Collecting objects gives enormous pleasure to approximately one third of the population, providing such benefits as intellectual stimulation, the thrill of the chase, and leaving a legacy. On the other hand, the same pursuit can engender pain; for example, paying too much for an object, unknowingly buying a fake, or dealing with the frustrations of collection dispersal.
This is the story of the Reeves Collection of botanical paintings, the result of one man’s single-minded dedication to commissioning pictures and gathering plants for the Horticultural Society of London.
It has been more than three decades since the passing of the great French economic historian, Fernand Braudel, but his adventurous influence runs deep in Angus Forsyth’s remarkable illustrated essay on the Silk Road—the lanes of transport between East and West that linked China, India, Africa and the Mediterranean before the era of motor vehicles. Braudel’s genius was in his ability to highlight the intimate detail against the grand canvas of history, and his approach to storytelling fundamentally shifted the way history is presented, whether in the curating of museum exhibitions or histories of leaders and transformative events. It’s the detail that counts.
Andrew Shaw was for many years a “trouble shooter” television journalist in the employ of the BBC. His job required him to pick up and fly to wherever whatever piece of news was breaking. After what many would regard as an enviable pursuit of exhaustive and widely varied paid foreign travel, he tired of it largely because his calling denied him the underlying exotica of his destinations.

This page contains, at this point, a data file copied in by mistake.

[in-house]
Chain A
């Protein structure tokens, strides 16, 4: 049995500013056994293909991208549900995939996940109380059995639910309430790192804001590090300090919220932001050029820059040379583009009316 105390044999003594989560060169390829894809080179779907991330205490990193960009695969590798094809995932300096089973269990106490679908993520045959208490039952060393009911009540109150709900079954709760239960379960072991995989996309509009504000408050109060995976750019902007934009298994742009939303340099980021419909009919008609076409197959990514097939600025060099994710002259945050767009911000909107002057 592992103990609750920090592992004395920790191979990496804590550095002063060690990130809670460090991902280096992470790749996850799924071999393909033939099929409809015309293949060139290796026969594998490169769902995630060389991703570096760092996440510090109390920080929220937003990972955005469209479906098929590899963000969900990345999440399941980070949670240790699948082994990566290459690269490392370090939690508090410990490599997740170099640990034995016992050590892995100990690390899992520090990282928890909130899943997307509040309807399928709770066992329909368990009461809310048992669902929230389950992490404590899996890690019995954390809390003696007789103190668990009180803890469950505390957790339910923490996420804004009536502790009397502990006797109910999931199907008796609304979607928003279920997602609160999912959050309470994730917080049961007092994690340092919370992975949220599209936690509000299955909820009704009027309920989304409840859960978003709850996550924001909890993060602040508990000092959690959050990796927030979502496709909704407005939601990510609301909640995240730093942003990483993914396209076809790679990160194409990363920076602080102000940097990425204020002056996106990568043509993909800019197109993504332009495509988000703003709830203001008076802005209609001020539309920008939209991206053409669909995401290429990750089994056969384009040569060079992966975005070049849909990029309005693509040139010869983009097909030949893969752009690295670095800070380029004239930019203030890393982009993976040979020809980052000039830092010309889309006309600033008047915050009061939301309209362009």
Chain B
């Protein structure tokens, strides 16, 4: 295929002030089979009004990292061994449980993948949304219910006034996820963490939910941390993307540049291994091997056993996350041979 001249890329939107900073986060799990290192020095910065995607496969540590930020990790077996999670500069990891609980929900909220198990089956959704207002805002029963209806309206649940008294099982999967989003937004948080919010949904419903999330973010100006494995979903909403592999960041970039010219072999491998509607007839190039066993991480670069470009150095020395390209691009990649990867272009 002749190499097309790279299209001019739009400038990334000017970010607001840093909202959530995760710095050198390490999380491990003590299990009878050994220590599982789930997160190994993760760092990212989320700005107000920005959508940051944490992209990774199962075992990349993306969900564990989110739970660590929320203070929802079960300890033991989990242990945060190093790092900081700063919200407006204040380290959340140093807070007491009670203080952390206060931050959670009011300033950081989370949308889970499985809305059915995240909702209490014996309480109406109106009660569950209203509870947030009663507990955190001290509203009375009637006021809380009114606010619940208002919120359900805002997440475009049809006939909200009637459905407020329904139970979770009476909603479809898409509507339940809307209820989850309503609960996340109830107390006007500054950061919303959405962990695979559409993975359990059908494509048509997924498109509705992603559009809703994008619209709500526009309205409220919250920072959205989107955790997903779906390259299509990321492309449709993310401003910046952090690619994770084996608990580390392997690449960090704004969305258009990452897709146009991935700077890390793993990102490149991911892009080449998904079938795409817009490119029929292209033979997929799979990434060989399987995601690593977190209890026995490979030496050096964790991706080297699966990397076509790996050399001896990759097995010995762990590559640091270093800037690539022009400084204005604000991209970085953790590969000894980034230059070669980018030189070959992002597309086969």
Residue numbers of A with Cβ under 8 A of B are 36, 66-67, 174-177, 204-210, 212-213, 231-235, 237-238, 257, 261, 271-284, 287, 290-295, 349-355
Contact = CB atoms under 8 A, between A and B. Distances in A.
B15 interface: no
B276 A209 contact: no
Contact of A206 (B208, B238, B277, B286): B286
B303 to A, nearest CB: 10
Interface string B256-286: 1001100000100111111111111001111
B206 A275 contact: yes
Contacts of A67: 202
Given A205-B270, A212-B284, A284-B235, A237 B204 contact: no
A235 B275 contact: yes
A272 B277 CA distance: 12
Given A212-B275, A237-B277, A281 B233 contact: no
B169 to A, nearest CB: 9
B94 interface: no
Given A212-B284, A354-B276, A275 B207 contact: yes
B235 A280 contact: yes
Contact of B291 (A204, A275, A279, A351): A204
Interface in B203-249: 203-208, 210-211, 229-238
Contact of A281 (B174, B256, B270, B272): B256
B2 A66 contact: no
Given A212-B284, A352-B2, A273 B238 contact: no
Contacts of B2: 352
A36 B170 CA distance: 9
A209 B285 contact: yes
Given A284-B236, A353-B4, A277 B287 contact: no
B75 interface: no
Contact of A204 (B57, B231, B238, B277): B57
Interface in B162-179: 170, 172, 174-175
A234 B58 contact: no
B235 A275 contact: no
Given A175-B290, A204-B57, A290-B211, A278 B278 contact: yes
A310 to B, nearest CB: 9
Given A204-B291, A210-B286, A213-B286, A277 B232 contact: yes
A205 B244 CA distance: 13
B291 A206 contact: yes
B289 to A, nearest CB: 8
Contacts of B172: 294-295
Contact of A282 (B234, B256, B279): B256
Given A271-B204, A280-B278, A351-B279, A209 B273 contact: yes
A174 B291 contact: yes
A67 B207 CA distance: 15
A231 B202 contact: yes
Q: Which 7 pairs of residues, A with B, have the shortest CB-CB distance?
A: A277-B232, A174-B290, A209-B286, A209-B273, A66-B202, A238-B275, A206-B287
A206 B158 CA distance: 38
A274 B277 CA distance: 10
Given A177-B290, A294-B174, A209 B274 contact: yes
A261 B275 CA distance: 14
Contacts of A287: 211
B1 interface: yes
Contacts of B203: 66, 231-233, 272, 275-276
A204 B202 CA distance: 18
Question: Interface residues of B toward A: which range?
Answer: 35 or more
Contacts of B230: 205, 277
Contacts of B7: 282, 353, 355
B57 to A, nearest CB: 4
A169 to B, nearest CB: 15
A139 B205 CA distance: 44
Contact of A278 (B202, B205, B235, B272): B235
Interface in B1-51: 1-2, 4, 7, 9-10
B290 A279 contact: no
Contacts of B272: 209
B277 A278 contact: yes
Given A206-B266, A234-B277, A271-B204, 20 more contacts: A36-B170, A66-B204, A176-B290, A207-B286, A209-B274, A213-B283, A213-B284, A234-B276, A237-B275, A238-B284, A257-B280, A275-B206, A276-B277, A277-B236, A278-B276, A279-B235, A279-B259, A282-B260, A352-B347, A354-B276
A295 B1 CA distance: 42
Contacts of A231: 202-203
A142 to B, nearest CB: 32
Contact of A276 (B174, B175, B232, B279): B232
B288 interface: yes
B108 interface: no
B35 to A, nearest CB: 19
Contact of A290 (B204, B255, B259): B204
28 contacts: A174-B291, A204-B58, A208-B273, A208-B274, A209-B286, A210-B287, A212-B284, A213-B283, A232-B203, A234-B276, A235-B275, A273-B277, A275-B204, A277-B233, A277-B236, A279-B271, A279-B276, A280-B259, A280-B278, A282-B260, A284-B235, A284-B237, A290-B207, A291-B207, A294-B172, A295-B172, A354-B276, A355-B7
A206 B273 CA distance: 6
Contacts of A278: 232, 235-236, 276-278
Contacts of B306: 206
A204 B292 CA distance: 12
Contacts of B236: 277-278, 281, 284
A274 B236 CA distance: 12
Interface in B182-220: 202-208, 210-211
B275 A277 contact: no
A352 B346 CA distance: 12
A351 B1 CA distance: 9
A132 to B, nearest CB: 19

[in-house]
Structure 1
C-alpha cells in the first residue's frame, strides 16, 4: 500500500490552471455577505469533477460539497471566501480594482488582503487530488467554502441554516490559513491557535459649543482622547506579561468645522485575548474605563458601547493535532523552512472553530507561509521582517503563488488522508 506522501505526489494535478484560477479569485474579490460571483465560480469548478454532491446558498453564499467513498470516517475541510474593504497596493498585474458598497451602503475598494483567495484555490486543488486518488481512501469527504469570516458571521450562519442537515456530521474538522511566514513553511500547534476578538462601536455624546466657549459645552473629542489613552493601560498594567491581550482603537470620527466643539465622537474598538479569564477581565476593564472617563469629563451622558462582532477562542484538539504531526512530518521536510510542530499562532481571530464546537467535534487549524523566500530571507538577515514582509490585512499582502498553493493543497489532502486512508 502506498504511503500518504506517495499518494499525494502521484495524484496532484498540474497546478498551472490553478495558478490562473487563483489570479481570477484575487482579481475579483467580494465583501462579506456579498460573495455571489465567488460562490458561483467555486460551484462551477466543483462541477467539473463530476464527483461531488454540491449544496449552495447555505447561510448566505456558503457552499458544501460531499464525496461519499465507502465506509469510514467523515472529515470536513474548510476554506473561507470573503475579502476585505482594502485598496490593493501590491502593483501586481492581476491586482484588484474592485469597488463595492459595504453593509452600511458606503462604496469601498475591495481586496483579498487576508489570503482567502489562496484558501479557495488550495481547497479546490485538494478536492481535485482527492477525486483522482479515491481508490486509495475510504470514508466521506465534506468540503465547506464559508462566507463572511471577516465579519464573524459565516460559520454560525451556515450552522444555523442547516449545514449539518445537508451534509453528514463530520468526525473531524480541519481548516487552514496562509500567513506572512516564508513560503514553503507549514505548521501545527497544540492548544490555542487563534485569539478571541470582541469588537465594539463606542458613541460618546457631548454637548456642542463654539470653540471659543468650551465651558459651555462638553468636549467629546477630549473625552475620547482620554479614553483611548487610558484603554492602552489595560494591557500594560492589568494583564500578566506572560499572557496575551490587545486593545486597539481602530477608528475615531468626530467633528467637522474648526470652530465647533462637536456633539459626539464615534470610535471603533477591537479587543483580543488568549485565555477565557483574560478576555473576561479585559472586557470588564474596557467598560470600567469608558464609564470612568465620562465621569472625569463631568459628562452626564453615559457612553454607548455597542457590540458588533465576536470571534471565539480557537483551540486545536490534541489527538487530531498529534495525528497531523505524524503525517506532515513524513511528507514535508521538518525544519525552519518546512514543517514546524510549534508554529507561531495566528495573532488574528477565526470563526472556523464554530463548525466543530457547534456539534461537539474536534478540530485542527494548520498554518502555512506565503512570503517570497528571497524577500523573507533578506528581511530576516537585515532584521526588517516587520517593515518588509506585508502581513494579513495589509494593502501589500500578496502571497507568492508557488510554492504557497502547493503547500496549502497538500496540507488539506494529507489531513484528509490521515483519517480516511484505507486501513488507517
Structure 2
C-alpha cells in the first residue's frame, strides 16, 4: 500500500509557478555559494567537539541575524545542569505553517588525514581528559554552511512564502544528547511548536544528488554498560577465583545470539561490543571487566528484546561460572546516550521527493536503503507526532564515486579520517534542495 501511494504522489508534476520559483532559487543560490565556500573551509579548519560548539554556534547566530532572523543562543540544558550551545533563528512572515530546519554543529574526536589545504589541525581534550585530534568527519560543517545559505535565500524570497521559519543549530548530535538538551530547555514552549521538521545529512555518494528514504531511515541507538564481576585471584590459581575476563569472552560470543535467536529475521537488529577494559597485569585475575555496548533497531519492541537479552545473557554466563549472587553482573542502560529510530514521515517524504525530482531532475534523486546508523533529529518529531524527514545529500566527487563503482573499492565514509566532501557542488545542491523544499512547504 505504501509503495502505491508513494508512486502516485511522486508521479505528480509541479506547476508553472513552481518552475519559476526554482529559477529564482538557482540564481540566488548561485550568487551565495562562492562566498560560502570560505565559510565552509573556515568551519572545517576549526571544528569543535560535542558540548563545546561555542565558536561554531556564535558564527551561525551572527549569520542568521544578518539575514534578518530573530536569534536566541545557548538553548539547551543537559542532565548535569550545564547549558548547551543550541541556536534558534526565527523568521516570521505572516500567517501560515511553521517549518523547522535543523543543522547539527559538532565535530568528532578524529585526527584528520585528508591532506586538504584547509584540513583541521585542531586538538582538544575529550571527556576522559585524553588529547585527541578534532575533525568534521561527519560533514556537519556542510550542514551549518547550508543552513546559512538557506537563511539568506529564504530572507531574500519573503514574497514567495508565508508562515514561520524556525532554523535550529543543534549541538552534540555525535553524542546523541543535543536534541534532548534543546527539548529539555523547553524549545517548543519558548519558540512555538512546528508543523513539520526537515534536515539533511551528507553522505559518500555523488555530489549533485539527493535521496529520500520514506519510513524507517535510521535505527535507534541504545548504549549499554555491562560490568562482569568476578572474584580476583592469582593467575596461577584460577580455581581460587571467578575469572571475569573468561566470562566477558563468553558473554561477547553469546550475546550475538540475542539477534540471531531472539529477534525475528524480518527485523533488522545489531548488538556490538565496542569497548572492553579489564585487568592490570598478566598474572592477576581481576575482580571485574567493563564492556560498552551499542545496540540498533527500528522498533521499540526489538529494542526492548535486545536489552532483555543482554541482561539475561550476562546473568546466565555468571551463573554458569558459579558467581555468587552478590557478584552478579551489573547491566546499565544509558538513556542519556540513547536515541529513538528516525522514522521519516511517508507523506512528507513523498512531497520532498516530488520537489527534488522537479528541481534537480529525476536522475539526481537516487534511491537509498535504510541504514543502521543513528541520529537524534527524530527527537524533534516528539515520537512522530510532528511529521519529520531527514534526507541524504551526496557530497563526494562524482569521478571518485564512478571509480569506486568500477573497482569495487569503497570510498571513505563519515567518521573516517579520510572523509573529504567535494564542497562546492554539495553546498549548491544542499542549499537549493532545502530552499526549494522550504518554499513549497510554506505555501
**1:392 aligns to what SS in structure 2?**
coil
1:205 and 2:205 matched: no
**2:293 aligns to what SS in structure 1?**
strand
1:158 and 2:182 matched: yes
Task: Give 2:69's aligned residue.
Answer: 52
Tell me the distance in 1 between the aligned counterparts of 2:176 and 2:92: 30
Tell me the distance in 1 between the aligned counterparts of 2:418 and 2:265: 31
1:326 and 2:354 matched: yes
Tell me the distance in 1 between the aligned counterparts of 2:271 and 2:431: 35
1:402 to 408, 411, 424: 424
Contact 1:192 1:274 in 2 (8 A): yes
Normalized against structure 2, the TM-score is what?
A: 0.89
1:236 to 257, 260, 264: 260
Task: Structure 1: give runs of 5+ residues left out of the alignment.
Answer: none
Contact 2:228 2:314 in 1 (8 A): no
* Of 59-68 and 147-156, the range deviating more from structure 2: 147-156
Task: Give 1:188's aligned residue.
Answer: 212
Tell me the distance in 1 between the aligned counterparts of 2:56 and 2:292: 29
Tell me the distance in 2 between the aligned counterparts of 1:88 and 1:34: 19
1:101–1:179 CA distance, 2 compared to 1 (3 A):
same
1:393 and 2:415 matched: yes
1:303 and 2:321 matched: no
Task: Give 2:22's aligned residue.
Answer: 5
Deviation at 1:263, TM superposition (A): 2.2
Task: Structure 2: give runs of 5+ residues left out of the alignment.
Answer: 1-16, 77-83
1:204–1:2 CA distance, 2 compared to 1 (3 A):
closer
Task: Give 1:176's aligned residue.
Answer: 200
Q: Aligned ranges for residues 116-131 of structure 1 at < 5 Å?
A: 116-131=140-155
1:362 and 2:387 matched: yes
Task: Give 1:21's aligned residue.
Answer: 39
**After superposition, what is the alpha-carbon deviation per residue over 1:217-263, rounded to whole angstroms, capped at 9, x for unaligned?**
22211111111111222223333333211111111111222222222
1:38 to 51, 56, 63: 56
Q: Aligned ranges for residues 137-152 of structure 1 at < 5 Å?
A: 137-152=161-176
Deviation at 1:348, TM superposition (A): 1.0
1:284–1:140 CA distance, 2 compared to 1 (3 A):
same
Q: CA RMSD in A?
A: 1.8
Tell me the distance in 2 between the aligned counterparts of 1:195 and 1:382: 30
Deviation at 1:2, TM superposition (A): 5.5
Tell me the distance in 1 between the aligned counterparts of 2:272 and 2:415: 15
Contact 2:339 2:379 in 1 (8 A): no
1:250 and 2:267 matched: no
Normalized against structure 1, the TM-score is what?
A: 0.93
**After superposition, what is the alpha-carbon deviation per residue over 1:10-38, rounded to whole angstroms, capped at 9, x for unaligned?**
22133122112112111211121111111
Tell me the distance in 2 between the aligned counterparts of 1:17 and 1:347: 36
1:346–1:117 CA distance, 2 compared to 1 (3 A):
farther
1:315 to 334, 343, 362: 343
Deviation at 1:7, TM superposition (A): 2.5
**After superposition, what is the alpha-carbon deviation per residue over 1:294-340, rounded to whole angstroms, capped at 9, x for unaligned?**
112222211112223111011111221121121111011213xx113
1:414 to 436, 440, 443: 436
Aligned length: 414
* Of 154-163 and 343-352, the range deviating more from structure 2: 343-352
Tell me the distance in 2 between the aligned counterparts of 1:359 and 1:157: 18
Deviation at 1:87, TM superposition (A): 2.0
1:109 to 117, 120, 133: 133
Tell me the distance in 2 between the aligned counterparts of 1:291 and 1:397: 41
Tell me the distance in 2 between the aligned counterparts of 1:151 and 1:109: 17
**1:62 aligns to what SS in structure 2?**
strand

During the early part of the Cold War, Japan emerged as a model ally, and Japanese Americans were seen as a model minority. From Confinement to Containment examines the work of four Japanese and Japanese/American artists and writers during this period: the novelist Hanama Tasaki, the actor Yamaguchi Yoshiko, the painter Henry Sugimoto, and the children’s author Yoshiko Uchida. The backgrounds of the four figures reveal a mixing of nationalities, a borrowing of cultures, and a combination of domestic and overseas interests.
China or India? India or China? Maybe Chindia? Anyone who has ever spent much time thinking about the future of the Asia or any particular country or company’s relationship to it, has probably asked this question, and more than once. Several terms, such as “Asia- Pacific” or the newly-launched “Indo-Pacific”, carry this question within it.
Separating Sheep from Goats investigates the history of collecting and exhibiting Chinese art through the lens of the career of renowned American curator and museum director Sherman E Lee (1918-2008). Drawing upon artworks and archival materials, Noelle Giuffrida excavates an international society of collectors, dealers, curators, and scholars who constituted the art world in which Lee operated.